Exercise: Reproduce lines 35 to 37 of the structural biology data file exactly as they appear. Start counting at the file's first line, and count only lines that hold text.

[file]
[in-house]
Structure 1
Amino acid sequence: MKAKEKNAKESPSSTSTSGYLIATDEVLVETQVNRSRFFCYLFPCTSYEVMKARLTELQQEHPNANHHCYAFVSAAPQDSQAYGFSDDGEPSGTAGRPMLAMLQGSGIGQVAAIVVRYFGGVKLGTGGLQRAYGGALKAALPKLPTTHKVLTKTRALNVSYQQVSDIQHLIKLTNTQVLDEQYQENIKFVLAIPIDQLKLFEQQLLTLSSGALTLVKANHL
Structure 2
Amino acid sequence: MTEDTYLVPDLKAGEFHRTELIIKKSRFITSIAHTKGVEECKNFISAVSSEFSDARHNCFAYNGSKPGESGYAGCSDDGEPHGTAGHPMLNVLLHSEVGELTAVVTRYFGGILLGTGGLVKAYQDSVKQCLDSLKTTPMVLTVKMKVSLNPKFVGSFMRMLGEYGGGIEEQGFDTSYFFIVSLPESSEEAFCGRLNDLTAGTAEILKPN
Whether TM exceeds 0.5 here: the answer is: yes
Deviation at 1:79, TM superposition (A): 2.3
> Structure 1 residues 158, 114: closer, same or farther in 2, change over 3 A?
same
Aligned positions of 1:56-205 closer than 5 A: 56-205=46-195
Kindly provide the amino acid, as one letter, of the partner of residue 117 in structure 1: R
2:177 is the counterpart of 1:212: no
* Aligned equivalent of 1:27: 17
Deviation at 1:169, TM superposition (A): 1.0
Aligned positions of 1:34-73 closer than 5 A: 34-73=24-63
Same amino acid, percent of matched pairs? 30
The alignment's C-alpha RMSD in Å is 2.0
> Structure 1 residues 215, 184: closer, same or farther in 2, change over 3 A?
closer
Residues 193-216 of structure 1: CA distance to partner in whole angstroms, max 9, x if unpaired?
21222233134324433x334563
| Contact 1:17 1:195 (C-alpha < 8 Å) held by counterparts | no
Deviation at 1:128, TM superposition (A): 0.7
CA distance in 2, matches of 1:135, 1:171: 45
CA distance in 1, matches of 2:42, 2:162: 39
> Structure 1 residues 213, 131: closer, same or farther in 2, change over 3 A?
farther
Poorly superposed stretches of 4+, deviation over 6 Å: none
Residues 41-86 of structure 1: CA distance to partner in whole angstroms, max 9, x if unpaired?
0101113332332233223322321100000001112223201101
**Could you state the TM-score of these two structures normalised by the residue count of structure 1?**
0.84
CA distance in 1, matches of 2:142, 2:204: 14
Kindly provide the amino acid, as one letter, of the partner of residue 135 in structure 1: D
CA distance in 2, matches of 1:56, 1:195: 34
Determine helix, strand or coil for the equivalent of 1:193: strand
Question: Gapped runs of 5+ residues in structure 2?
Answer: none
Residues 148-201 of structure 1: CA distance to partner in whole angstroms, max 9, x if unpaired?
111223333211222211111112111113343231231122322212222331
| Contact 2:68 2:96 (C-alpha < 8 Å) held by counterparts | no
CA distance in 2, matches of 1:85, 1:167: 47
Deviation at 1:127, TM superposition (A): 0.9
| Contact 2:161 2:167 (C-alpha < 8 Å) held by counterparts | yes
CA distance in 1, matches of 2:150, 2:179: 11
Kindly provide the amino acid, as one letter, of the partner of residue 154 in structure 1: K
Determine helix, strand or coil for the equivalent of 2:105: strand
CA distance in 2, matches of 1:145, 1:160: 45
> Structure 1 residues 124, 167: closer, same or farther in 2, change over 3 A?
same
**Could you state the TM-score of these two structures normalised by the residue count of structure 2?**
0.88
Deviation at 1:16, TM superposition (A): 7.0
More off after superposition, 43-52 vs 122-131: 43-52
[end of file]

CA distance in 2, matches of 1:56, 1:195: 34
Determine helix, strand or coil for the equivalent of 1:193: strand
Question: Gapped runs of 5+ residues in structure 2?